Before I gave birth, I had some ideas about babies — specifically, that I wouldn't have any. I thought babies were cute and nice, but I preferred them when they belonged to other people. I also had ideas about moms: they were overworked, overtired, and usually overweight. I saw my own mom disappear after having four children, so I decided that while I appreciated the work moms did, motherhood probably wasn't for me.
Then I started to come up with new ideas about moms and babies. "Maybe I would have one," I thought. "Just one. Maybe it would be nice." I'd just met a nice man — possibly the nicest man I'd ever met in my life — and he opened up a world of possibilities for me. I had seen other couples look happy with their babies, so maybe we could be happy, too.
During my pregnancy, I only gained 25 pounds. And I had ideas about the weight loss that would follow my pregnancy. At 36, I knew that was older than many first-time moms, but I found myself surrounded by people who assured me the baby weight would disappear immediately.
“It just melts right off,” people told me. “You just have to wait about six weeks.”
So I gave birth and the baby came out at five pounds. Just twenty to go, I thought. I’ll just wait it out. I went home, and waited.
It’s been nearly two years since I gave birth. And I’m still waiting to lose the baby weight.
Before I got pregnant, I had finally reached a place in life where I was okay with my body. Maybe I wasn't stoked about it, but looking in the mirror no longer filled me with total loathing. I was OK with it. Content, even. After all, I was 35, and I'd been insecure about my appearance since I was a teenager. More than 20 years of self-hatred will wear a person down.
Now, it's been nearly two years since I had my baby, and I hate my body. Again.
I don’t regret anything. I don’t regret falling in love with the possibility of a new life, and then taking a chance on it. I don’t regret this baby, or the mass amounts of chocolate I ate while carrying him. I don’t regret not running to the gym the minute I could after giving birth. And I certainly don't regret the last two years, during which I have attempted to make peace with my new body and the new me.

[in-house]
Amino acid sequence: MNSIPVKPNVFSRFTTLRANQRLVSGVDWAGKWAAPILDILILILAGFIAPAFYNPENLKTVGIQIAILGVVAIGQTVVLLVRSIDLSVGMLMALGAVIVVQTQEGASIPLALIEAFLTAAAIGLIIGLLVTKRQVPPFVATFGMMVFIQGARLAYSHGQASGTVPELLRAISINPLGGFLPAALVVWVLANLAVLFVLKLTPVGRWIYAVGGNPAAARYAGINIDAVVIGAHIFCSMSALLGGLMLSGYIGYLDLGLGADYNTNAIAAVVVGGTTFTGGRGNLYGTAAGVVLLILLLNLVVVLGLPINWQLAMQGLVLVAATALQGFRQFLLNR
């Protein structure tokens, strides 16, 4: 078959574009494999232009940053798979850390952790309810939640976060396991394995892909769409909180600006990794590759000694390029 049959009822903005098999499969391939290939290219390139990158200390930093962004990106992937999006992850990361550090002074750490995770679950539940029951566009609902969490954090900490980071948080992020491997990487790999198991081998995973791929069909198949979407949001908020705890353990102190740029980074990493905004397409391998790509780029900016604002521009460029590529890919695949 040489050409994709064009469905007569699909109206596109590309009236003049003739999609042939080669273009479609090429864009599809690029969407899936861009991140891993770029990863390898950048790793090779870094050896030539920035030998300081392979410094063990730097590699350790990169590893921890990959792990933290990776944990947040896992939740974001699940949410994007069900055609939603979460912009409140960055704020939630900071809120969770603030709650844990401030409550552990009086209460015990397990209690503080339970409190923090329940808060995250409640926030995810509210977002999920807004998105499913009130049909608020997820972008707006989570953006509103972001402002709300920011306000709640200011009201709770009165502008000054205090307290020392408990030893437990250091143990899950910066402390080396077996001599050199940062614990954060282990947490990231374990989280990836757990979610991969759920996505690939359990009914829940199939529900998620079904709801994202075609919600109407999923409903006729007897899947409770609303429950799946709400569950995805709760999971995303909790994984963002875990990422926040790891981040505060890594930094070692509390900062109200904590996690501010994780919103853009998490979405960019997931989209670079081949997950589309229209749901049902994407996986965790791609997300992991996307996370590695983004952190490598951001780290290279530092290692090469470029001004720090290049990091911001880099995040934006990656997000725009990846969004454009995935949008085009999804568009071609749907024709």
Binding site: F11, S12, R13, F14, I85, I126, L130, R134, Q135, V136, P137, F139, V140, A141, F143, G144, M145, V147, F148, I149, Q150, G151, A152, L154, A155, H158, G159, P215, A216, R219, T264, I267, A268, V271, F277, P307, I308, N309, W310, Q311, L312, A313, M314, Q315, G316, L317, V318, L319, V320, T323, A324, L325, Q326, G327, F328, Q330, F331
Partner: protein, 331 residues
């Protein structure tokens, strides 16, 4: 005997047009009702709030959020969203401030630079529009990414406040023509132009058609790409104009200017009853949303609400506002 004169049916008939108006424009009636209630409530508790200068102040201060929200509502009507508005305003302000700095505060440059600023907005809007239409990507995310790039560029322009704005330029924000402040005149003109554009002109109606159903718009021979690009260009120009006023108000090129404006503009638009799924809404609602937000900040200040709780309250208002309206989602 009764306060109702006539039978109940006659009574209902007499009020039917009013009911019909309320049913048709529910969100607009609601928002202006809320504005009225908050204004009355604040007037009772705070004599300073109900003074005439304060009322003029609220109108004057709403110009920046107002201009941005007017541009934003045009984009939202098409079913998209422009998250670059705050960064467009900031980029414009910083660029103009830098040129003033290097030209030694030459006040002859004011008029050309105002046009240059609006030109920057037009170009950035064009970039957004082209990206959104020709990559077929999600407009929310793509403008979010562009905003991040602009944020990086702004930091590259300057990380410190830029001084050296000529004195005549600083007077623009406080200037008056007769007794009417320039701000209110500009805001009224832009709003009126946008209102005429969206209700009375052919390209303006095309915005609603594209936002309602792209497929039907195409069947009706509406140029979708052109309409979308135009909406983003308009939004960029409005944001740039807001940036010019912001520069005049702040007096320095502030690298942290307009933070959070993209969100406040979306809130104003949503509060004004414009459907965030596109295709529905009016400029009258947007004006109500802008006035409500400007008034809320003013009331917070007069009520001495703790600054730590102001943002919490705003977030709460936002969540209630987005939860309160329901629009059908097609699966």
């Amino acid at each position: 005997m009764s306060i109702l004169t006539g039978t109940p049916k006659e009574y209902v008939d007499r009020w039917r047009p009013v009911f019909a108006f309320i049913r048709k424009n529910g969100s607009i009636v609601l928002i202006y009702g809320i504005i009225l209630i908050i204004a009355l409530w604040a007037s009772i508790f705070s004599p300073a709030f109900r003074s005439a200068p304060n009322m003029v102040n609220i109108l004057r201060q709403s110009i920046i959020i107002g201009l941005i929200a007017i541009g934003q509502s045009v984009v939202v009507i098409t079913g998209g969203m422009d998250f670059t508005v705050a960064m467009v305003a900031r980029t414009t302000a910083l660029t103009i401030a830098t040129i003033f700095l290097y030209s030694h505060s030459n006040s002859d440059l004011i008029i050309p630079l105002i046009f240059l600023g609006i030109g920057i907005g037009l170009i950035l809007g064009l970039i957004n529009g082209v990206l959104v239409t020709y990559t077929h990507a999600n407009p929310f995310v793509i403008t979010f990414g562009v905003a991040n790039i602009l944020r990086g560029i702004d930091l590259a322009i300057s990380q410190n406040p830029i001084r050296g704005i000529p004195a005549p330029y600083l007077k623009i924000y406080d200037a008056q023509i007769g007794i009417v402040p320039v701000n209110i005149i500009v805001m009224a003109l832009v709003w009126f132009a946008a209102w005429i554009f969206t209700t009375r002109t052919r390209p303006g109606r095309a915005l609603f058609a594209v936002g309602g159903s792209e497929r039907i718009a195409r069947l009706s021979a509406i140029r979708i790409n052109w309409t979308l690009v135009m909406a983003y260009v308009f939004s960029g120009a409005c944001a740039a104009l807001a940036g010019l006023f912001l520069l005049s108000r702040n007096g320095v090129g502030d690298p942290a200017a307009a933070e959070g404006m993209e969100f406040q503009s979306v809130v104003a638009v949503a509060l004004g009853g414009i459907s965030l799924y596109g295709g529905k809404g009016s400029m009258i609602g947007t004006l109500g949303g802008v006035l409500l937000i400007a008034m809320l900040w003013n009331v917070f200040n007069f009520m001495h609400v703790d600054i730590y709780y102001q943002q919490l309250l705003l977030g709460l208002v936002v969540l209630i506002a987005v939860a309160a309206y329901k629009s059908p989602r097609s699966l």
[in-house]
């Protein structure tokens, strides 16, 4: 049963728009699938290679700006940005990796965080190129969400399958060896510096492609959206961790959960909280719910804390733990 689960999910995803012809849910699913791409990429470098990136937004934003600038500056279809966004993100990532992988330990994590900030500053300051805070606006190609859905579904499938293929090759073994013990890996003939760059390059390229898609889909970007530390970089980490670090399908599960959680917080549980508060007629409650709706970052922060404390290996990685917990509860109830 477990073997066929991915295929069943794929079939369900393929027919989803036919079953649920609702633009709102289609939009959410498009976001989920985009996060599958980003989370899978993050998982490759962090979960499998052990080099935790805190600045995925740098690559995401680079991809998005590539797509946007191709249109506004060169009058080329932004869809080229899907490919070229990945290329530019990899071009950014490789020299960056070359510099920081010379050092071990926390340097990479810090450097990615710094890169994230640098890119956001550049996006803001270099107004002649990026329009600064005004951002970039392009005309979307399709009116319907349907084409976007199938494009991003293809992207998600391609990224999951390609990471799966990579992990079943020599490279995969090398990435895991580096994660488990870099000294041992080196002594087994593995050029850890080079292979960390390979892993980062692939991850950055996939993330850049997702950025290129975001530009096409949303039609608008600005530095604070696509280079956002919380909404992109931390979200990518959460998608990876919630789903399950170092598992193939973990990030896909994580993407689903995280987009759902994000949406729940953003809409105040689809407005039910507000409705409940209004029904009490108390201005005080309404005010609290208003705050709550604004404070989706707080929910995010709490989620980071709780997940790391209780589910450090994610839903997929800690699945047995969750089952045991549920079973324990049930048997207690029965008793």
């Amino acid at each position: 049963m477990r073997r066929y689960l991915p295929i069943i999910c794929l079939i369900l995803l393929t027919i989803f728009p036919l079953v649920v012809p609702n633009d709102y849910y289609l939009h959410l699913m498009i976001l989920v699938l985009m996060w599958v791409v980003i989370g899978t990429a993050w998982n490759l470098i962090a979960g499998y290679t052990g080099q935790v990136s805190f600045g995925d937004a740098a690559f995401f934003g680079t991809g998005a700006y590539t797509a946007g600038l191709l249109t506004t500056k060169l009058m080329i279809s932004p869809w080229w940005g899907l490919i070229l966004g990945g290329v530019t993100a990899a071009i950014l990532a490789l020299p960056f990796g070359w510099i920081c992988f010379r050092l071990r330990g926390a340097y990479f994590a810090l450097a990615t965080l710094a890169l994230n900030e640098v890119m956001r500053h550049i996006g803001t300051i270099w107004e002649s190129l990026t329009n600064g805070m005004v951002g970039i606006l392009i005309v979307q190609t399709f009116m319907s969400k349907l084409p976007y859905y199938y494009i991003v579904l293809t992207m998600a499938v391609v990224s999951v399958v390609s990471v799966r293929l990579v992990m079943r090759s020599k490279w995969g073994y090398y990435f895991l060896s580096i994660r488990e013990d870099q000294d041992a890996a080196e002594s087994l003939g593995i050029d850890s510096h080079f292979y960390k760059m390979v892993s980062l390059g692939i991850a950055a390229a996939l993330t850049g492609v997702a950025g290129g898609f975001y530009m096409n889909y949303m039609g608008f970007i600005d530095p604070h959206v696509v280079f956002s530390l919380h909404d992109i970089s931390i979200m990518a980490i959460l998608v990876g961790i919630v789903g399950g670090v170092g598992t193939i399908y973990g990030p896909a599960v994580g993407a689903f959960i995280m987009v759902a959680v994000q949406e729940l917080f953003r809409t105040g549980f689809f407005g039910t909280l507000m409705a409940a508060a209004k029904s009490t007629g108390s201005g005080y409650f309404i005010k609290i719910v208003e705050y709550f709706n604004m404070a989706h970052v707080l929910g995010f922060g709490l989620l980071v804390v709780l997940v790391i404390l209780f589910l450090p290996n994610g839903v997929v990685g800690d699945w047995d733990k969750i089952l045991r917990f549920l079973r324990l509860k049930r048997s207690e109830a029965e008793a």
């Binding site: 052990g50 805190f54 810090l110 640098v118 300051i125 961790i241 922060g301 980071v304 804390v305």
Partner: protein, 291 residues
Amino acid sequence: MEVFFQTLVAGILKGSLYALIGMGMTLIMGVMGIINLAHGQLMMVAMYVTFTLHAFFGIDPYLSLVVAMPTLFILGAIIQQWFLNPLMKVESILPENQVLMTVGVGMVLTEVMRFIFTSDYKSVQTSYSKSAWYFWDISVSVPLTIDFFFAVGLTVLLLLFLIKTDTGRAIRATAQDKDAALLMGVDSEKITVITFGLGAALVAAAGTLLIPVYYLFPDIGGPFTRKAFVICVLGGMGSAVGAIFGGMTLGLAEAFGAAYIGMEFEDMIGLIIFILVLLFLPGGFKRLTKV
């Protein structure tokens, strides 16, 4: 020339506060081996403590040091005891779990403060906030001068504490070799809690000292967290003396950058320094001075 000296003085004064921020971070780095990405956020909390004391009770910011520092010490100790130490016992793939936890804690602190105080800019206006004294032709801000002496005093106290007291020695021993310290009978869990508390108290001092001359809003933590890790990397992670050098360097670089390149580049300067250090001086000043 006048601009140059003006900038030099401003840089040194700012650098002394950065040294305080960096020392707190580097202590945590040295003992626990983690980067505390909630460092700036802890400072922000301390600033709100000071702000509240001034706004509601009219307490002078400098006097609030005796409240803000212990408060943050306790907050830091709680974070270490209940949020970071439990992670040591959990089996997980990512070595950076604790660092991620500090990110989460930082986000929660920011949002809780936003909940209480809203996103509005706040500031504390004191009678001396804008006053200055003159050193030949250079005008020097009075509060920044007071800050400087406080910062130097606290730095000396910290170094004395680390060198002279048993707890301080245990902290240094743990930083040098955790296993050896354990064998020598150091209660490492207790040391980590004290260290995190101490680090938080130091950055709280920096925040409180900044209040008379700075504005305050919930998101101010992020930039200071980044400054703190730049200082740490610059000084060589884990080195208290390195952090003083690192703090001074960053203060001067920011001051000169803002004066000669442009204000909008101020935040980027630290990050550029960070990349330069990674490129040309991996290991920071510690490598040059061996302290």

But damn, why would no one tell me that losing the baby weight would be this hard?
I've made a few attempts to lose the weight during these past years. One of them was a half-hearted attempt at the 30 Day Shred with Jillian Michaels. The other was a 10-week session with a serious and very well-known fitness program nearby. The pamphlet showcased transformations so intense that I signed up, even though I had to pay a flat rate for all of the classes on my credit card.
For 10 weeks, I got up at 5:00 a.m. in the dark winter and drove my freezing car to the gym. I didn’t weigh myself once during the program; I wanted the end weigh-in to be a real reveal. The other people in my group lost 20 pounds, 30 pounds, or even more. You know how many pounds I lost? One. And I gained it back about five minutes after the program ended.
I can't help but feel like I am swimming in a pool of shame.
Now, when people ask me how I lost my postpartum weight, I try to act cool. “I’m still wearing my elastic waist band jeans!” I say, high-fiving a fellow mom. After all, she's had kids too. She knows how tough it is to shed the weight.
But at the same time, I can't help but feeling like I am swimming in a pool of shame. I am an overweight mother. An overweight person. Someone whose clothes don’t fit. I have spent hundreds of dollars on low-quality clothing to make up an interim wardrobe, even though it's been almost two years, so I shouldn't really consider myself to be at an interim weight.
In a sense, even though I am heavier, I am lighter at the same time. A giggle radiating through the house can transport me to a place where I know nothing of self-hatred, nothing of pain. I might've had ideas about moms before I got pregnant, but motherhood has proven them wrong. I am different now, forever changed. And I might hate my new body, but I love my new life.
For now, I have to make peace with that.